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Math Help - Closed Formula for Geometric Series and Sums

  1. #1
    Junior Member
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    Closed Formula for Geometric Series and Sums

    I just have two questions regarding closed form formulas for geometric series and summing infinite series.

    For the closed form formula, I have an expression for the nth term:

    7(7/8)^n

    But I am not sure how to convert this to closed form since I am not really sure what closed form looks like. Is it just to convert it into a finite sum equation like this:

    <br />
\frac{7(1-\frac {7} {8}^n)} {(1- \frac {7} {8})}

    For the infinite series, I have the formula:

    \frac {1} {4} \sqrt{h}

    Where h = 7(7/8)^n

    So the very first term would be:

    \frac {1} {4} \sqrt{7\frac {7} {8}}

    And this would go in the numerator, but I am not sure what would go in the denominator. I really appreciate everyone's help.
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  2. #2
    MHF Contributor
    Joined
    Apr 2008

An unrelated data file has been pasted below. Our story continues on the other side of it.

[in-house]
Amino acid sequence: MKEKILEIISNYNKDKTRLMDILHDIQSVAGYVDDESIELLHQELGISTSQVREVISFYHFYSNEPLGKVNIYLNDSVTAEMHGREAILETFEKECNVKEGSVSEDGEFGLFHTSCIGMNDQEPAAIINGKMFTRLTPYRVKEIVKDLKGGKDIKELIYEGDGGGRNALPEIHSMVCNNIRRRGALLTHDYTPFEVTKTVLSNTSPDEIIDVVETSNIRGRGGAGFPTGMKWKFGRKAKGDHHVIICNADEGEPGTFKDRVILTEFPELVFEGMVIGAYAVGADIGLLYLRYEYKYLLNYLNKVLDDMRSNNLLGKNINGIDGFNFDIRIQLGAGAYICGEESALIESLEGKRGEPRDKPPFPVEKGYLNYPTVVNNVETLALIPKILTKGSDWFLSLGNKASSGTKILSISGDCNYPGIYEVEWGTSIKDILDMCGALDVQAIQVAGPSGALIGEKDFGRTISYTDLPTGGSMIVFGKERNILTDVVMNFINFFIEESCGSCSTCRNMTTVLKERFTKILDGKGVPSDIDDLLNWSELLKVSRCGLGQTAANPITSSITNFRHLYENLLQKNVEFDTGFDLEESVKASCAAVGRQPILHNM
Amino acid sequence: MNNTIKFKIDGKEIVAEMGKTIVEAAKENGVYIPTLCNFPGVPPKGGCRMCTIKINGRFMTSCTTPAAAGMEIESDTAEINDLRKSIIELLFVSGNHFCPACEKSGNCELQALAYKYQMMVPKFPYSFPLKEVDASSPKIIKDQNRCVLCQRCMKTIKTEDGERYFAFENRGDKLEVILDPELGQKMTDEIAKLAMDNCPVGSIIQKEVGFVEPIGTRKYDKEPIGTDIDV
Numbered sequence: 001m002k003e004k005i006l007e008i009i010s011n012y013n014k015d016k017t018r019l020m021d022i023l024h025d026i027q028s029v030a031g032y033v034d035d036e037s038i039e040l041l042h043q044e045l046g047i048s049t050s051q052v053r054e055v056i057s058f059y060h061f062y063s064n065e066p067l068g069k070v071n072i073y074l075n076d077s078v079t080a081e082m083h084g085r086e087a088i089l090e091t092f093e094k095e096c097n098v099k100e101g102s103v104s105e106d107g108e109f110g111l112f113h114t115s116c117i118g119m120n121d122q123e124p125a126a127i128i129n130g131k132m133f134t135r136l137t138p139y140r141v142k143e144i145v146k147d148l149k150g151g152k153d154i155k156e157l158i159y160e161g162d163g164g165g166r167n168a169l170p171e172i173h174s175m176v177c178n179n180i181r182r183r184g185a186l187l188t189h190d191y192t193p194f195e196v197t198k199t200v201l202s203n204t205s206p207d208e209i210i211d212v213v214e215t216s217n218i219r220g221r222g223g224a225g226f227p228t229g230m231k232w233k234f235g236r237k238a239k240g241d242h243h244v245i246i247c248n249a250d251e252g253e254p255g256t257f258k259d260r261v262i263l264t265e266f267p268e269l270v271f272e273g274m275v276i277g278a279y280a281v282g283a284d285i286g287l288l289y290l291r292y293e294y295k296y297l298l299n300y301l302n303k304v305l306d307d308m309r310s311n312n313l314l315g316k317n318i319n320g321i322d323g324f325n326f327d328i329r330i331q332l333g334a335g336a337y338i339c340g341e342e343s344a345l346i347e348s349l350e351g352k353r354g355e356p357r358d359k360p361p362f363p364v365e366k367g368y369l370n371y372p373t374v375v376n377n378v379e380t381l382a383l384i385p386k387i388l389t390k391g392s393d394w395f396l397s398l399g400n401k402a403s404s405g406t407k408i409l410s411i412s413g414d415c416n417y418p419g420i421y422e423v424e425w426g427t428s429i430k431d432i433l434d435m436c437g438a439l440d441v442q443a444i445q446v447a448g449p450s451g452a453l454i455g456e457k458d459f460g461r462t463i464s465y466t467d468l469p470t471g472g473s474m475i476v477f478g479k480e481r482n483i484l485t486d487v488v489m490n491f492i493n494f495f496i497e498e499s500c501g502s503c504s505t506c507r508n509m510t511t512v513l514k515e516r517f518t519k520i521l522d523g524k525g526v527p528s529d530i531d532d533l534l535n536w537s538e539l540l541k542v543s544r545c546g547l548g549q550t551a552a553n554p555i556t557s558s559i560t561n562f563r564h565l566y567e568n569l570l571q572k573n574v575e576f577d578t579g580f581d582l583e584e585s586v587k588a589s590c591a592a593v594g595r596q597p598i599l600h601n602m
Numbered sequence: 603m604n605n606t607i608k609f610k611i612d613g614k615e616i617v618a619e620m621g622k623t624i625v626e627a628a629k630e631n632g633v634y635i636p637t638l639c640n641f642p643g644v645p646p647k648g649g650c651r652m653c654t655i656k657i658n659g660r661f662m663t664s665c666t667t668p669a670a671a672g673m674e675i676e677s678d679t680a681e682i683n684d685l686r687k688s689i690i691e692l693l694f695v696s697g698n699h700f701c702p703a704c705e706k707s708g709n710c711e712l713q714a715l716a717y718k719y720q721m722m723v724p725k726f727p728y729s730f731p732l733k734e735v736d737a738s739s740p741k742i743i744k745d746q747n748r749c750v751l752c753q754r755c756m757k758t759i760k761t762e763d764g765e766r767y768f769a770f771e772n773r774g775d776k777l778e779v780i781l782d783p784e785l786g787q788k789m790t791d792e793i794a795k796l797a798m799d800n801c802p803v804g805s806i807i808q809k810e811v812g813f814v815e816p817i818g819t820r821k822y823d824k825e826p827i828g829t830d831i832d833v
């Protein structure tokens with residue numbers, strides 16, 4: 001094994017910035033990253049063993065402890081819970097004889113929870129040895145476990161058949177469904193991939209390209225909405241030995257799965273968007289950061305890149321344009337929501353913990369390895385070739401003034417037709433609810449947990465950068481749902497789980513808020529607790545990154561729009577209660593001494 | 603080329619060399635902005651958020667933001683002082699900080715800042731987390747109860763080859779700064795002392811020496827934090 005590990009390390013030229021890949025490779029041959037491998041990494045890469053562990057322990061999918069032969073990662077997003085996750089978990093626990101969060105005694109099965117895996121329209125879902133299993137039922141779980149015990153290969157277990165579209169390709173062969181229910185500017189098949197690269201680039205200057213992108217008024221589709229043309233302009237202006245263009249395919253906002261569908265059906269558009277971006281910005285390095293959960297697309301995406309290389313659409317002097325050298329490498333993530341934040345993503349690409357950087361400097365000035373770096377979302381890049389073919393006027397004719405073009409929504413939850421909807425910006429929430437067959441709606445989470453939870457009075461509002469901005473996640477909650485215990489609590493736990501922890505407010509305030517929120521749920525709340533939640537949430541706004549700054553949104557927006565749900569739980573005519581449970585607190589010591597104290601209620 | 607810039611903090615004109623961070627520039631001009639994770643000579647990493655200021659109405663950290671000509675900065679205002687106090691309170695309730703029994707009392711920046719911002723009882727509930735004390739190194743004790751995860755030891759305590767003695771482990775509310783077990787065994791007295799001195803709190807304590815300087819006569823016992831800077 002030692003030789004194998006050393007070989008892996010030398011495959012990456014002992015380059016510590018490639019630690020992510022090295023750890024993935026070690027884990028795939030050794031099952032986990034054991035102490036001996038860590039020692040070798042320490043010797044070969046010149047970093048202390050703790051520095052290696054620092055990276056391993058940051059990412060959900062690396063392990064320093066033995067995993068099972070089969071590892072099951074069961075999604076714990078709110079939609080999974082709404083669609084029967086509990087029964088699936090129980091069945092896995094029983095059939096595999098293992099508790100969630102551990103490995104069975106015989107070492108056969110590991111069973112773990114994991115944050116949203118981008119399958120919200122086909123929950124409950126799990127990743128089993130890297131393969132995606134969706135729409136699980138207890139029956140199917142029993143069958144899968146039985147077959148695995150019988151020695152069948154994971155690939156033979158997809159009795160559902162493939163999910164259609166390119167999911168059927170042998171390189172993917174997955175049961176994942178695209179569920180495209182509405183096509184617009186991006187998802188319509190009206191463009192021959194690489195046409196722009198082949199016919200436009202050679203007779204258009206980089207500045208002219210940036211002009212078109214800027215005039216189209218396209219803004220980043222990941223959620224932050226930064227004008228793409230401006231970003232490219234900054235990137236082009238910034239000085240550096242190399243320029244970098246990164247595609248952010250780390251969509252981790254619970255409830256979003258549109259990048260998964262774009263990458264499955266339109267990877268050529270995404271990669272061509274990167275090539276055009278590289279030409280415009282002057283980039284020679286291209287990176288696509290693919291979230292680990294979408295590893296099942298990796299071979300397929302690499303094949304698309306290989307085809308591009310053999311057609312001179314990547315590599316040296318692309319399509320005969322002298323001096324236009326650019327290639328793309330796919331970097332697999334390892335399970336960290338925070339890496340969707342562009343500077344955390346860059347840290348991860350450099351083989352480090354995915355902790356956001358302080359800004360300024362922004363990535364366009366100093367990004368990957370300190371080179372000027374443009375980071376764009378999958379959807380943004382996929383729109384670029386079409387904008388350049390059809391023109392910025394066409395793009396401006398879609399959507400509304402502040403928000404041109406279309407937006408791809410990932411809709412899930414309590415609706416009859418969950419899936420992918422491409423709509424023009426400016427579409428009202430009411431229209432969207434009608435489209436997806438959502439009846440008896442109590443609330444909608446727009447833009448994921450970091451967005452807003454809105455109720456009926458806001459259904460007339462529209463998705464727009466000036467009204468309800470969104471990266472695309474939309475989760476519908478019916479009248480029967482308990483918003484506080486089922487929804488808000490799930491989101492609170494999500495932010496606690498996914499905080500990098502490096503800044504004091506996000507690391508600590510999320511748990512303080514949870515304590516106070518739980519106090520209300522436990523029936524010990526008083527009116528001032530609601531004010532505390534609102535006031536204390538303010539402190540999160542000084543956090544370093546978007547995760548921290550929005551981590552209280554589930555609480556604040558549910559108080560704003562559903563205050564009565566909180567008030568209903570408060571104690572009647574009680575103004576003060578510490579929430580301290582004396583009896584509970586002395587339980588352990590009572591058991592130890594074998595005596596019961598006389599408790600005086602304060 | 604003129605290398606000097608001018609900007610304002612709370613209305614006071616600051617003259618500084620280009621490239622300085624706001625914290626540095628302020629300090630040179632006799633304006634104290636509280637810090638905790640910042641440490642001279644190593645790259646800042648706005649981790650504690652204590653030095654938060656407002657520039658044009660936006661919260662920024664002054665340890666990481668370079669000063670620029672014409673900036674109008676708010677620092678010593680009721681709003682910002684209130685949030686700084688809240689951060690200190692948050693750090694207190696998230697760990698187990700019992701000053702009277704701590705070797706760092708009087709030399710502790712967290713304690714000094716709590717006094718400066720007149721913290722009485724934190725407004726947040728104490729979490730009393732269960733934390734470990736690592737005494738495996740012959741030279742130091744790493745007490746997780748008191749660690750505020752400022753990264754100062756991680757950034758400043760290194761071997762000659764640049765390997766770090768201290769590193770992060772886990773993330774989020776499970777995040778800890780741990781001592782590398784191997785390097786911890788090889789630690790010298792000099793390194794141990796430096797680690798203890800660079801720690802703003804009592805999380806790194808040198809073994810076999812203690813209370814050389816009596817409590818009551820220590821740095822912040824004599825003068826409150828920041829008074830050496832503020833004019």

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    1,092
    Quote Originally Posted by Spudwad View Post
    I just have two questions regarding closed form formulas for geometric series and summing infinite series.

    For the closed form formula, I have an expression for the nth term:

    7(7/8)^n

    But I am not sure how to convert this to closed form since I am not really sure what closed form looks like. Is it just to convert it into a finite sum equation like this:

    <br />
\frac{7(1-\frac {7} {8}^n)} {(1- \frac {7} {8})}
    This is almost perfect, but remember, the first term of that series is not 7. it is 7 \cdot \frac{7}{8}.

    For the infinite series, I have the formula:

    \frac {1} {4} \sqrt{h}

    Where h = 7(7/8)^n

    So the very first term would be:

    \frac {1} {4} \sqrt{7\frac {7} {8}}

    And this would go in the numerator, but I am not sure what would go in the denominator. I really appreciate everyone's help.
    What's the common ratio? You're taking the square root of \left(\frac{7}{8}\right)^n, which is \left(\frac{7}{8}\right)^{0.5 \cdot n} = \left(\left(\frac{7}{8}\right)^{0.5}\right)^n.
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